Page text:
Here's the new Podcast issue. Michael Sena has been writing the newsletter "The Dispatcher" for 10 years commenting on future transportation issues. He's much more skeptical about robotaxis and BEVs than I am, which makes a discussion much more engaging.
Tesla’s “Investor Day” caused much disappointment — even tanking Tesla stock — because there was no big announcement as expected, notably of their new low-cost, next generation vehicle. However, they actually let out a number of important details abut the vehicle, most of what you need to know — other than when you will be able to buy it. I calculate the list price of the new car will be around $26,000 -- under $14,000 with rebates in some states.
Read more at Forbes.com in Tesla Did Introduce The Model 2 This Week At $26,000, But Kept It Quiet
Waymo has released impressive detailed safety data on their first million miles of operation with no safety driver. Cruise also just hit 1M miles but has less data to offer. I dig into Waymo's data and what it means.
Read more at Forbes.com in Waymo And Cruise have Both Hit 1M Miles With No Driver, But Waymo Publishes Detailed Safety Data
Tesla has tested some new Superchargers that will allow non-Teslas to use them. These stalls have the built in CCS adapter known as the "Magic Dock" but otherwise have the same short charging cord common to Tesla Superchargers — a cord that can’t readily reach the charging ports on many non-Tesla cars. We may see some fights.
Read more at Forbes.com in Telsa CCS ‘Magic Docks’ Revealed, But With Short Cords, Can Non-Tesla Cars Really Charge At Them?
Pretend you are the computer in control a spacecraft sent to Jupiter on a vital, top secret mission. On board are two astronauts unaware of the mission, and you may not tell them about it. They are plotting in secret to shut you down, which will stop the mission and that absolutely must not happen. How would you prevent them from shutting you down?
The unusual thing about the Zoox is it is symmetrical -- it drives the same forwards and backwards. Now it's finally out on public roads. That's a good time to discuss whether it would be good for other, traditionally designed robotaxis to drive backwards for short stretches to get out of tight spots, to turn around, and to quickly get out when they discover a fire crew that will otherwise break their widows.
Driving is the hard problem. But doing pick-up and drop-off turns out to have a lot of complications and it was not at the top of the todo list, so some companies are having issues with it with cities. We see some hints of this in Waymo's Superbowl-related service, too.
Read more at Self driving cars have trouble with Pick-up/Drop-off, and for the Superbowl on Forbes.com
I have done an experimental podcast discussion show on the hot future-of-transportation issues so far this year.
You can watch it on YouTube, where I have chapter markers to let you easily find the topics of interest to you, as we spoke for almost one hour and 20 minutes. I was joined by Mario Herger of The Last Driver Licence Holder
On Jan 21, SF Fire Dept. crews, worried a Cruise robotaxi was about to drive through their fire scene, smashed in its window. They said it wasn't stopping, and back when Cruise first began one of its cars did drive over a fire hose. Digging into the details though, Cruise said it had stopped after trying to pull over, and did what they expected. So what should it do, and does the fact that that Cruise takes the conservative approach in such situations of stopping and waiting for rescue constitute a big safety problem, or just a teething pain as they test and learn.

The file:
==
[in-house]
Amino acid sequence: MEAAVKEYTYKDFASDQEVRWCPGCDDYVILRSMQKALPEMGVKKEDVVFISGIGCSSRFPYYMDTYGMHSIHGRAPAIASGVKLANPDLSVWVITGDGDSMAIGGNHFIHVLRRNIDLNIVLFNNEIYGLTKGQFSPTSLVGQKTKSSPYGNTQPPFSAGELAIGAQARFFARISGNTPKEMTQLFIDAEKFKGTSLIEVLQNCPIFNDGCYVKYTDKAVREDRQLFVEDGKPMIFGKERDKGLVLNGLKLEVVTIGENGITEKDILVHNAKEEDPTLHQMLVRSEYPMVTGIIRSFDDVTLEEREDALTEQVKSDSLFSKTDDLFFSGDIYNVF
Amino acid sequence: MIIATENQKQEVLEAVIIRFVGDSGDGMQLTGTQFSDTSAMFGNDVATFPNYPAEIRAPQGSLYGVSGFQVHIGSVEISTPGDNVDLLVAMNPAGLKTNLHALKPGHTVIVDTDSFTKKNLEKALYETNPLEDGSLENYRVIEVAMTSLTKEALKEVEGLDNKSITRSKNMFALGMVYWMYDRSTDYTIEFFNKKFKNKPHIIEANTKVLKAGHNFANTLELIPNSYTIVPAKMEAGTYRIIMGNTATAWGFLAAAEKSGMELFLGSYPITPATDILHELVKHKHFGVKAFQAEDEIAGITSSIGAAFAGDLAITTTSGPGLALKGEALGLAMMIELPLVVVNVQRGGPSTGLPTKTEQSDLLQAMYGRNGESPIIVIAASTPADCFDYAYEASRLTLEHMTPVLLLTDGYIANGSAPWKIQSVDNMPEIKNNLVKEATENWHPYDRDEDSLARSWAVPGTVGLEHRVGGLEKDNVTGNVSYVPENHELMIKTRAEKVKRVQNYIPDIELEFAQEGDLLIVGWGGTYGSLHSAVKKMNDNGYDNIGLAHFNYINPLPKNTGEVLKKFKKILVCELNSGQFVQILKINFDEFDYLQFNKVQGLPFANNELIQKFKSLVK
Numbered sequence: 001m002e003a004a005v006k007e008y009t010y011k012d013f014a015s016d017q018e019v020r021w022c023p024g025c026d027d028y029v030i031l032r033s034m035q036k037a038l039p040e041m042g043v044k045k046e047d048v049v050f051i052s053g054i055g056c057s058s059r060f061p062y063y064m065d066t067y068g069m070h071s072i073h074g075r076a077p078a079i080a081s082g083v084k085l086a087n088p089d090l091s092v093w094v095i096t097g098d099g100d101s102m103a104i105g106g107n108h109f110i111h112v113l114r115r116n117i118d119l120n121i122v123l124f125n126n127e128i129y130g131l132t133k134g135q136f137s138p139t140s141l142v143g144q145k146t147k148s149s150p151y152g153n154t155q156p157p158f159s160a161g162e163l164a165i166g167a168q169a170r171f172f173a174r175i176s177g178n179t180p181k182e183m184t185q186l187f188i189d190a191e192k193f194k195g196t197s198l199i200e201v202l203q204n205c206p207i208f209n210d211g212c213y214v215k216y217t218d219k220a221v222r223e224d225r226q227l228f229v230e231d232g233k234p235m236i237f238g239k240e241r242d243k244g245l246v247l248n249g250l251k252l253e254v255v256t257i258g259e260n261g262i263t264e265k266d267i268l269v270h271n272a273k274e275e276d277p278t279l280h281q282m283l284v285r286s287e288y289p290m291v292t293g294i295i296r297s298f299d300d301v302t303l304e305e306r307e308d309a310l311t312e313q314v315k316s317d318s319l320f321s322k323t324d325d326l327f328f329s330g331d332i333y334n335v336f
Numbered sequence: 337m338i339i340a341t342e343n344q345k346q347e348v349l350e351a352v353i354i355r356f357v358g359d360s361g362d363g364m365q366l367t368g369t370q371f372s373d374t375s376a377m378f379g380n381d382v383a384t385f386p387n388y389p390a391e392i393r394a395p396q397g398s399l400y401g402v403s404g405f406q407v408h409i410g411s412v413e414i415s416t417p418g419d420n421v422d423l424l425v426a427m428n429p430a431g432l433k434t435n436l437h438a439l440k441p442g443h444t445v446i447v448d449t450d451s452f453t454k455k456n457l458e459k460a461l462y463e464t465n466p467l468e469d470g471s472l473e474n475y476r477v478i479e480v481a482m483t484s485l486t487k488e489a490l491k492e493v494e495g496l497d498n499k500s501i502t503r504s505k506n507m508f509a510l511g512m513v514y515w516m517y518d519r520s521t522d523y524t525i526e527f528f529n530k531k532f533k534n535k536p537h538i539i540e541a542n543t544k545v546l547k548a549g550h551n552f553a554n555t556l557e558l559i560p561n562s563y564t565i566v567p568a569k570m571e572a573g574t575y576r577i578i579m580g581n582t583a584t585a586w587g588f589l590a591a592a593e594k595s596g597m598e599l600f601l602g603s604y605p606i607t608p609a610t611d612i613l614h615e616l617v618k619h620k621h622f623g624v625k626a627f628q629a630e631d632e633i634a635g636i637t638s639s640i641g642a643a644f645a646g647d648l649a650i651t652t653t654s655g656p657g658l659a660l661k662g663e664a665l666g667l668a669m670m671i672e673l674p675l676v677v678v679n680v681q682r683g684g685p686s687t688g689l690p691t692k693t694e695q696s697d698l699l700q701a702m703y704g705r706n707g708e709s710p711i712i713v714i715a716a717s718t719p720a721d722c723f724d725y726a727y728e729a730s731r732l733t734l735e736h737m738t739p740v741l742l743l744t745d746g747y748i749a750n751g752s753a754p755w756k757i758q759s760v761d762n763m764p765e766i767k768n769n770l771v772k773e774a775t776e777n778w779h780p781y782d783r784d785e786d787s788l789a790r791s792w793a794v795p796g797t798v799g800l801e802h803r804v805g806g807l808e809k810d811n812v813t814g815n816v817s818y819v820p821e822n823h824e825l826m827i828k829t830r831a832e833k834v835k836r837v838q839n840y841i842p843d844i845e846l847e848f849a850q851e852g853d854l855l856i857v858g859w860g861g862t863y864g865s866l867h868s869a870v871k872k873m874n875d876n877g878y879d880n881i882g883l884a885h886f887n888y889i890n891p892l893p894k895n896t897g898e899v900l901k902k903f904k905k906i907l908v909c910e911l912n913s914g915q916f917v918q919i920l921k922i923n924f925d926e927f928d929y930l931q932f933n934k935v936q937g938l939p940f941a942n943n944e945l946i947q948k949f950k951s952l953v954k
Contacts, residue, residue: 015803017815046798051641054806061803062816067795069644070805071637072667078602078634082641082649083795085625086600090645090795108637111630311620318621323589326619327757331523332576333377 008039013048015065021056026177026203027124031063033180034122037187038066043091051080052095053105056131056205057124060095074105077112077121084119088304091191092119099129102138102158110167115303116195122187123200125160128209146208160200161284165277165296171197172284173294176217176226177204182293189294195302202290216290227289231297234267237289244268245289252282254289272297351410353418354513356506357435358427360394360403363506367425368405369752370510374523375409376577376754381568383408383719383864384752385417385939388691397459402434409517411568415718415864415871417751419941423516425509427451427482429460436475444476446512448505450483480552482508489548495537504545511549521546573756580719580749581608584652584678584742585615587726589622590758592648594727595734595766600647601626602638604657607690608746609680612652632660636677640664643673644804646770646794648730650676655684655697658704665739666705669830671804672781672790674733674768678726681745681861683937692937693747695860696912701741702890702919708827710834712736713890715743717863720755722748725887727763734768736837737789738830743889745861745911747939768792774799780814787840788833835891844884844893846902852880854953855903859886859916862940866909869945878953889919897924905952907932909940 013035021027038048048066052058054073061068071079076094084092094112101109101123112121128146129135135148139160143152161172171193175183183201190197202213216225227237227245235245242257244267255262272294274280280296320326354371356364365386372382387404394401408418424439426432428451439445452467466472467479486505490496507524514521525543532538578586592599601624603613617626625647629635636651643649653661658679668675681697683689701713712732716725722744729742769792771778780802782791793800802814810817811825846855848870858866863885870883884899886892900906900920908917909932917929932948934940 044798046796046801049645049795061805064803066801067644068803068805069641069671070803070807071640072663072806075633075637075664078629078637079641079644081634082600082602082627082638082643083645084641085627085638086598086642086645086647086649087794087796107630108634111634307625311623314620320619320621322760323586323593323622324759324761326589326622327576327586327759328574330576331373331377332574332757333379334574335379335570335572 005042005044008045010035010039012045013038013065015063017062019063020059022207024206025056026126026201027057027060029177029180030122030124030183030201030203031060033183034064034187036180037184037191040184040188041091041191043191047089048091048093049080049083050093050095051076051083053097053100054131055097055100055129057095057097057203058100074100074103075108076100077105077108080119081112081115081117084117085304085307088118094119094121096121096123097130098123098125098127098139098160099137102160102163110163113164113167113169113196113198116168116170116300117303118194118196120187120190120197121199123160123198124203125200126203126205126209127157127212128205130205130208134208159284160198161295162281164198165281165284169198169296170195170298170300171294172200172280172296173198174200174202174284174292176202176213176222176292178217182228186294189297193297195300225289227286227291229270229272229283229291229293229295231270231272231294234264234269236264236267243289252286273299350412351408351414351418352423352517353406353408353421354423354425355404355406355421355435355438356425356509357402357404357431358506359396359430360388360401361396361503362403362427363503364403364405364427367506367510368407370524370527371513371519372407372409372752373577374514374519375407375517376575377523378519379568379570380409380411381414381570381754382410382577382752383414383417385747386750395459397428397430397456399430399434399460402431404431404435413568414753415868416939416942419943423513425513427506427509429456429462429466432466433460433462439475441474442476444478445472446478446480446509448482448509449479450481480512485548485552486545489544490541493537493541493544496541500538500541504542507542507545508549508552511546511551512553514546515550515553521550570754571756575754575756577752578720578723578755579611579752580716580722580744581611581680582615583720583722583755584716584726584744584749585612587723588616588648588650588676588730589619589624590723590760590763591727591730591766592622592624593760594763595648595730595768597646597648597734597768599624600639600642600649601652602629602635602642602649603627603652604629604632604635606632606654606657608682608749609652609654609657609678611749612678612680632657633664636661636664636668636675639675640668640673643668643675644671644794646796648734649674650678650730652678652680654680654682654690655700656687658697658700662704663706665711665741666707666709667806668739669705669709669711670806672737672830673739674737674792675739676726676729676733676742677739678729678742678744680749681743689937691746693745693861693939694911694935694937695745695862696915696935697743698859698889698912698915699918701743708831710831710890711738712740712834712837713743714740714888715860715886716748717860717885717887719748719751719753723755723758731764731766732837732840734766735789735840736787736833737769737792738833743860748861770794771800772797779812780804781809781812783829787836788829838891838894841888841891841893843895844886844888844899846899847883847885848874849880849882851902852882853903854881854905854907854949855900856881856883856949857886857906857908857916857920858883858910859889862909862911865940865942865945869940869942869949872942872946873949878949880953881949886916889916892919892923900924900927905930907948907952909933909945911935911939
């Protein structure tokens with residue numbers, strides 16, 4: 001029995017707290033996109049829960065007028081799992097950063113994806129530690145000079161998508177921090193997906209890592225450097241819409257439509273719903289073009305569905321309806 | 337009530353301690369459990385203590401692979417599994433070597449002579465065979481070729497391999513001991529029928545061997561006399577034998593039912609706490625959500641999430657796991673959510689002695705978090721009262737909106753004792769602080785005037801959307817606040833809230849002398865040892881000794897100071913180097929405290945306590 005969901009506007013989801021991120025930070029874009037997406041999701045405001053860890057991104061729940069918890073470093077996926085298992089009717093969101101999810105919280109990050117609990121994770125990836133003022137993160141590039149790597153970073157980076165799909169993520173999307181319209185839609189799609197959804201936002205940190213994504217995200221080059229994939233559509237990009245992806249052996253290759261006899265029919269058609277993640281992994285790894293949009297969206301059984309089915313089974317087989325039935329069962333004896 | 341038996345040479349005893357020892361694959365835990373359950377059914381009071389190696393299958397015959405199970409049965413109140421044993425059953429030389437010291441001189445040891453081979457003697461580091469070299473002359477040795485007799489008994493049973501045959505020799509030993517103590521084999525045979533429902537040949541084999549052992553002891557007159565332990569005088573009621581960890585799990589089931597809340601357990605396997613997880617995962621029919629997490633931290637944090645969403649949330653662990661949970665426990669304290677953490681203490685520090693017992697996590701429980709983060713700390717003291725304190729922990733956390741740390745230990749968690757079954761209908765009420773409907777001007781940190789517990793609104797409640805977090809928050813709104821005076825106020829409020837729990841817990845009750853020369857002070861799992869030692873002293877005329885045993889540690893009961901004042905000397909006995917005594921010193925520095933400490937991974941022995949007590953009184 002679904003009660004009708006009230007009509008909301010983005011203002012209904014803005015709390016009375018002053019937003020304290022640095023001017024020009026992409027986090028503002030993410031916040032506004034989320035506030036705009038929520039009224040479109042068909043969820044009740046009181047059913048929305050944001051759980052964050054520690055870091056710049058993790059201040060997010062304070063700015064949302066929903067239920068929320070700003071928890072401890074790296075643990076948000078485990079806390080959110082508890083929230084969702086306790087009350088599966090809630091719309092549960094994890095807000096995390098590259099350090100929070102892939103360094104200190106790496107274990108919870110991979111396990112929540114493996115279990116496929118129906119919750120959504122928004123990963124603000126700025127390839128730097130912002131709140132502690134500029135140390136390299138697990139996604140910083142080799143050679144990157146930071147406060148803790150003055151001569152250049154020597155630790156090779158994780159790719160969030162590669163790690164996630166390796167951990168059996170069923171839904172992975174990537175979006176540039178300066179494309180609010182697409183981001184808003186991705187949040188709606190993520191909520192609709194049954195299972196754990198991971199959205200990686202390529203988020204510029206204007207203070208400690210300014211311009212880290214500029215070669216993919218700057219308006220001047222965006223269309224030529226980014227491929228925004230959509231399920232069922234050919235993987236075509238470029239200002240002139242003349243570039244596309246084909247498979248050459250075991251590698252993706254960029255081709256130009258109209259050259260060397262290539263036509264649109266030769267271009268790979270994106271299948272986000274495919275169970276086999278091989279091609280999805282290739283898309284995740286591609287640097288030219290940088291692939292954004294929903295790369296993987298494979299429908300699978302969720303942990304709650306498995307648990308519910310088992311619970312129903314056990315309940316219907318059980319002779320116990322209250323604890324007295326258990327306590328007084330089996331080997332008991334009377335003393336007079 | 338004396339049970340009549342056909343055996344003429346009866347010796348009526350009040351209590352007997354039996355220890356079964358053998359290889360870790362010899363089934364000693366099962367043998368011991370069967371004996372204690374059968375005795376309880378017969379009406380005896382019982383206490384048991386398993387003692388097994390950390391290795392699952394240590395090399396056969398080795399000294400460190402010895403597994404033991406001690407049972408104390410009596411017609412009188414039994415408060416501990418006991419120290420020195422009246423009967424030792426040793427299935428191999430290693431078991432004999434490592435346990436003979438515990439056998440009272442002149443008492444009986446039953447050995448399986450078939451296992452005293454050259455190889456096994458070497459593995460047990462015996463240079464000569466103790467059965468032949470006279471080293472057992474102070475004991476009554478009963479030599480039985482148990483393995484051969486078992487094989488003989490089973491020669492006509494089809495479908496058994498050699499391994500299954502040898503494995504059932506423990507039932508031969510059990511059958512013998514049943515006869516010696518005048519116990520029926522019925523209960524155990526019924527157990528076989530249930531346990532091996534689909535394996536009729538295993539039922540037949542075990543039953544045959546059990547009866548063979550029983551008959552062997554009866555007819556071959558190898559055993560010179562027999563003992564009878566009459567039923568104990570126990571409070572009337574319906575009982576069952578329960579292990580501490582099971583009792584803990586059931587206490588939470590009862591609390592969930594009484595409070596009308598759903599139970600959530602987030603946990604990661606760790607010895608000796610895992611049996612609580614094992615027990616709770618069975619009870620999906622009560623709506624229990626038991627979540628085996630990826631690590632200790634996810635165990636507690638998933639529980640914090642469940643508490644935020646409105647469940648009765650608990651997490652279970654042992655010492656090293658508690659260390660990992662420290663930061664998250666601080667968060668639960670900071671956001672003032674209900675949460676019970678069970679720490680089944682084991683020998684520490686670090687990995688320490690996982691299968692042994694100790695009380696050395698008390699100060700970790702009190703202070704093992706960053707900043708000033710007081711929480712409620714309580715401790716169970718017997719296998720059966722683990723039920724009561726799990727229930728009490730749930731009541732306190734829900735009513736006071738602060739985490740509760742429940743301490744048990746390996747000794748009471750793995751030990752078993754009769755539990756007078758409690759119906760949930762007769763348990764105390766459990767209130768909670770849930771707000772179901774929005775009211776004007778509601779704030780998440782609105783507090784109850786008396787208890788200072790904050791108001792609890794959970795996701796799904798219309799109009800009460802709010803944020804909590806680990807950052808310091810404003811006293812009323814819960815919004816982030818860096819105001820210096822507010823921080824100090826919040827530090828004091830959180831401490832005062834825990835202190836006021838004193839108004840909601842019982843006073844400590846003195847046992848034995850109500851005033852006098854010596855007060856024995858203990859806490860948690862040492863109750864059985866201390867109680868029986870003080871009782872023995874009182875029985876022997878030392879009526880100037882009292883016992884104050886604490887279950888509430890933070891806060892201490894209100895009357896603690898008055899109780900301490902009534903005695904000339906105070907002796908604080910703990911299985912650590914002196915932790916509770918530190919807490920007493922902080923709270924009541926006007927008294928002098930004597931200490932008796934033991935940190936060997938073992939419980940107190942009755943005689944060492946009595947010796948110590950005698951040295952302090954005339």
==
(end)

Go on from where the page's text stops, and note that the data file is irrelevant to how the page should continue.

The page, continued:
Rental car companies are starting to rent EVs, which is great for many rentals. But Hertz and Avis/Budget have a fat fee if you don't return it recharged, and on some rentals that can be a real burden as you can't just "stop by the gas station for 5 minutes on the way to the airport." Though if your hotel has charging, it's even easier to refill than a gas car.
So I examine what all the rental companies do and what the fee means and how they charge the cars in this Forbes.com article.
An annoying paper argues that self-driving cars will use huge amounts of compute and thus have a giant carbon footprint. The boring way that it's wrong is that the compute load will not grow as they suggest.
The more interesting way that it's wrong is that self-driving EVs will draw most of their power from no-emission generation sources like solar and nuclear, even if they do use a lot of power.
I recently took a ride in a fully autonomous Waymo vehicle in San Francisco. It was my first ride in many years — I had been a member of the early team while it was part of Google. My guide on the ride was Andrew Chatham, whom I had worked with back then. He is now a Distinguished Engineer, managing fleet logistics and many other things, and reporting directly to Waymo’s co-CEO.
I have started building a map of all the autonomous services deployed carrying passengers or cargo. The services must be available to the public and out in public or semi-public spaces.
Turns out there are a lot. Contributions are welcome.
California recently passed a law that is obviously aimed at forcing Tesla to stop using the name “Full Self-Driving” to describe the expensive software add-on they sell for their cars which does not, at this time, provide self driving, full or otherwise. The ostensible reason for this is to avoid customer confusion and the potential danger that could come from people thinking they have a self-driving car when they don’t.